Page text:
In Defence of Millennials
By Yasmin Jones-Henry
Listen up Baby Boomers: Millennials care about lifestyle. We care about interiors. We care about design. We love the aesthetic too.
I don’t even know where this misinformation about my generation came from or who decided that because we were raised in a century that brought with it Wi-Fi and instant messaging, that as a result of our association with tech they deduced we somehow had no aspiration for the finer things in life.
This topic is a source of irritation for a number of reasons. But mostly because it’s the epitome of #fakenews. Some old person, filled with resentment for all that is young and new, sat in a darkened room, and invented that wretched label ‘Millennials’– and proceeded to assign a profile to everyone born after 1982.
Standing at a colleague’s leaving do last year, a friend (who is 7 years older than me and born in the 1980s) turned and began to vent. “You know I really don’t get why they bunch us all together in the same age bracket. You were born in ’92. A totally different decade to the 80s.” Fair point. “Also, I graduated in the middle of the financial crisis in 2008. The world looked totally different for me, than it did for you.” Taking another sip of my drink I raised an eyebrow to show that I had taken her point. “Also…” there was more… “I’m in my thirties. I have (no offence) a higher salary and more disposable income than you. You rent. I just purchased my first property…”
These words have been gnawing away in the back of my conscience ever since. This is an epic oversight by brands and publications.
With every magazine, brand and ad agency that fails in its attempt to relate to Millennials, they only show us, just how little they actually know us. Drawing from a demographic that spans such huge strides in technology and social engineering, is a big deal. It’s the difference between having an i-pod or cassette player and vinyl. It’s the difference between going to the arcade, and having a PSP (Plays Station Portable). It’s the difference between posting your prom pictures in a photo album on Facebook or sticking them into an actual photo album. It’s the difference between being in a group chat with your school friends, and actually having to go to a park or a ‘place’ to play with friends.
It is true, as a result of camera phones, social media, 3G internet –the Millennial’s social experience as an impressionable child walking into teenagehood is a very different experience to their elders… But the fundamentals throughout history seldom change. When selling anything, it’s a cardinal sin to presume. What do people want? What do Milllennials want? Has anyone actually asked us?
Well, I’ll tell you. We want to live well. It’s that simple. For those of us who were in our early teens when the world plunged into the financial crisis of 2007-2008, many of us would have been sitting in classrooms, preparing for exams in the hope of future employment – without any security that there would even be a future, as we watched footage of grown ups in suits, walking out of offices with boxes containing all their earthly belongings.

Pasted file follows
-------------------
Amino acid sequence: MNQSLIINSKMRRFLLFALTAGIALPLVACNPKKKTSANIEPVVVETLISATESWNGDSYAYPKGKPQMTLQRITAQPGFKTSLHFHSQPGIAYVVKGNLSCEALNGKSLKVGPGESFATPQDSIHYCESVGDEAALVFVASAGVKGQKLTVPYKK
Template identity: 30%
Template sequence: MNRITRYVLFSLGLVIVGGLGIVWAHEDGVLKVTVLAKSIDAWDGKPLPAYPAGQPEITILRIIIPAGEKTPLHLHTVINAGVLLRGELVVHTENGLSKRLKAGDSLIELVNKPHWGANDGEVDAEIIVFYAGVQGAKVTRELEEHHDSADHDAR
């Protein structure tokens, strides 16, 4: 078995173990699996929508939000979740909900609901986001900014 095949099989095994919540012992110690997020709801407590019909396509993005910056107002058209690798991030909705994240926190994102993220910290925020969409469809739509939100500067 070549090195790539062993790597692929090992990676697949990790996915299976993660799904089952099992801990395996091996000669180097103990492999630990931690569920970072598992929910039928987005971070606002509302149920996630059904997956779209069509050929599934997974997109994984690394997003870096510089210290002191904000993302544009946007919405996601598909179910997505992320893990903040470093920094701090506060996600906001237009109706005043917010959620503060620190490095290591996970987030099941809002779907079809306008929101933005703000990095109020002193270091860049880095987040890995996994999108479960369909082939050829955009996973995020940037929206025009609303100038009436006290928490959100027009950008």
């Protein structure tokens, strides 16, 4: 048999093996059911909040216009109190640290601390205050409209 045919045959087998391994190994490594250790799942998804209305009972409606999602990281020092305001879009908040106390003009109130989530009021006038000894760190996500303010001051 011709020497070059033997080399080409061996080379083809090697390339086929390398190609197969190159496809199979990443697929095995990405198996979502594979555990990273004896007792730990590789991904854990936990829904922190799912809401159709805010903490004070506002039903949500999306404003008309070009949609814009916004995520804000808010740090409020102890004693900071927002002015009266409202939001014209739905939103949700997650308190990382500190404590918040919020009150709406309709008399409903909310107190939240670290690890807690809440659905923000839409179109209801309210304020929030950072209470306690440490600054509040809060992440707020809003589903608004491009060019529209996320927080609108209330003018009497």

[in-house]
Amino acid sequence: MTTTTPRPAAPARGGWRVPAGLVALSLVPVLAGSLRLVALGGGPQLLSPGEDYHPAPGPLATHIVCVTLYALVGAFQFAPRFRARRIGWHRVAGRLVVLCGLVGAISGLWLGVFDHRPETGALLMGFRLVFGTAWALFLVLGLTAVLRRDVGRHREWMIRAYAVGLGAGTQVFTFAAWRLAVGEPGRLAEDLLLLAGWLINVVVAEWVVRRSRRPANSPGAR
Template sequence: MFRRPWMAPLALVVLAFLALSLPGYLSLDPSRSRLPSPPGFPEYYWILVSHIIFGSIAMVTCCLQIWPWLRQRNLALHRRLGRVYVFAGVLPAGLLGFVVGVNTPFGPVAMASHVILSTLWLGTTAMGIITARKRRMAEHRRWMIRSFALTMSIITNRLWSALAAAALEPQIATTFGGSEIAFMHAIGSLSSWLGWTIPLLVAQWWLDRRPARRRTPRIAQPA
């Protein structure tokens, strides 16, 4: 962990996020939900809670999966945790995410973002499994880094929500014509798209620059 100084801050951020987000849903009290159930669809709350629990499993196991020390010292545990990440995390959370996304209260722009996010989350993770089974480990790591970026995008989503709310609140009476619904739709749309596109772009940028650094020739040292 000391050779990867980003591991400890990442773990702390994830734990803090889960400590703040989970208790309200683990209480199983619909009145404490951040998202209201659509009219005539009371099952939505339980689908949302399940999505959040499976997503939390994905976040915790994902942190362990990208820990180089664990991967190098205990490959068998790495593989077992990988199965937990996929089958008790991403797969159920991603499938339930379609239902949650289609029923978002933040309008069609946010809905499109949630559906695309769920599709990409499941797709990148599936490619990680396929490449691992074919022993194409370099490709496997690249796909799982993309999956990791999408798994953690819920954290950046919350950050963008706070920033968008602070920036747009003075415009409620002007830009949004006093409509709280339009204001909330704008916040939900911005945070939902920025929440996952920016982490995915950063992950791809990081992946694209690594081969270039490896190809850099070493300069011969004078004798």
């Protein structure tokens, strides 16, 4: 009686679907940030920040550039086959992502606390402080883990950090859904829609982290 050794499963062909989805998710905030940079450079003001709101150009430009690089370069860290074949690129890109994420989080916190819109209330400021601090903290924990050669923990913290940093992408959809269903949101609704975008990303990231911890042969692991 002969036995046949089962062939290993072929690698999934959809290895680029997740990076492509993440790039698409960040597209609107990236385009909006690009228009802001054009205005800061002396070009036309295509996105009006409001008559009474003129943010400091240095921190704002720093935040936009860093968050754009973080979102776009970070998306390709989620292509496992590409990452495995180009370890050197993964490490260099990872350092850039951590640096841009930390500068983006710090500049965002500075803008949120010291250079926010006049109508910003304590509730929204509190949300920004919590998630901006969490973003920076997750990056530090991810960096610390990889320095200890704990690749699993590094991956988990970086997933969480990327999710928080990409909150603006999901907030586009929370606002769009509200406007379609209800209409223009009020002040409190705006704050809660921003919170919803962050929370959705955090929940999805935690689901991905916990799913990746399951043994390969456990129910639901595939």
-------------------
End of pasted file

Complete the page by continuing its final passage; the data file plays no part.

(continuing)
In London, property prices came crashing down. In England, we have a saying, ‘an Englishman’s home is his castle’ – well with the castles under siege, we were left feeling vulnerable, unsafe and uncertain as to how long this instability would last. Then of course let’s not forget climate change…the Iraq war, Afghanistan… When I think back to 2000-2010 – I reflect on the transition from an 8 year old to an 18 year old, trying desperately to make sense of a world that was evidently going through an existential crisis.
So is it any surprise that now, this same demographic have entered the job market, can vote and have some measure of consumer power, they are using their power to champion the very essence of stability itself. #Sustainability. Veganism is a symptom of a growing conscience and awareness that if we, the next generation do not break with the toxic habits of our predecessors, we will have no planet to call home. The dietary revolution is part of a wider movement often referred to as #wellness on Instagram. Wanting to live well, to have good mental health, pleasant surroundings and nothing but positive vibes – amounts to an industry estimated to be worth 26 billion Euros in the UK (Wellness Institute, 2017).
So whoever keeps touting that line that ‘Millennials don’t care about lifestyle’ clearly has no relationship with reality or no internet access to research the data.
Sitting among my peers last week, this topic came up over coffee. One friend laughed as she confessed she picks restaurants and venues based on the decor and the ‘vibes’. We might not be able to furnish country homes, but interiors – the aesthetic is still a big influencer when it comes to our senses and our spending habits. If we are more fiscally challenged than our parent’s generation, then we want products that are well made – with the best materials. Name brands don’t move us. Heritage? How about merit?
It’s true, the actions of our parent’s generation, the state of the economy and the current job market we have inherited means we will be less prosperous than the Baby Boomers. But, that doesn’t equate to being poor. We are less profligate. There’s a difference. We care about the environment. We care about ethics.
Strap yourselves in folks! 2019 will see more ethical and sustainable luxury lifestyle brands and designers featured on @WorkinFashion.me and in the next edition of #TheCollective. If they won’t give the people what they want… then I will.
Until next time…
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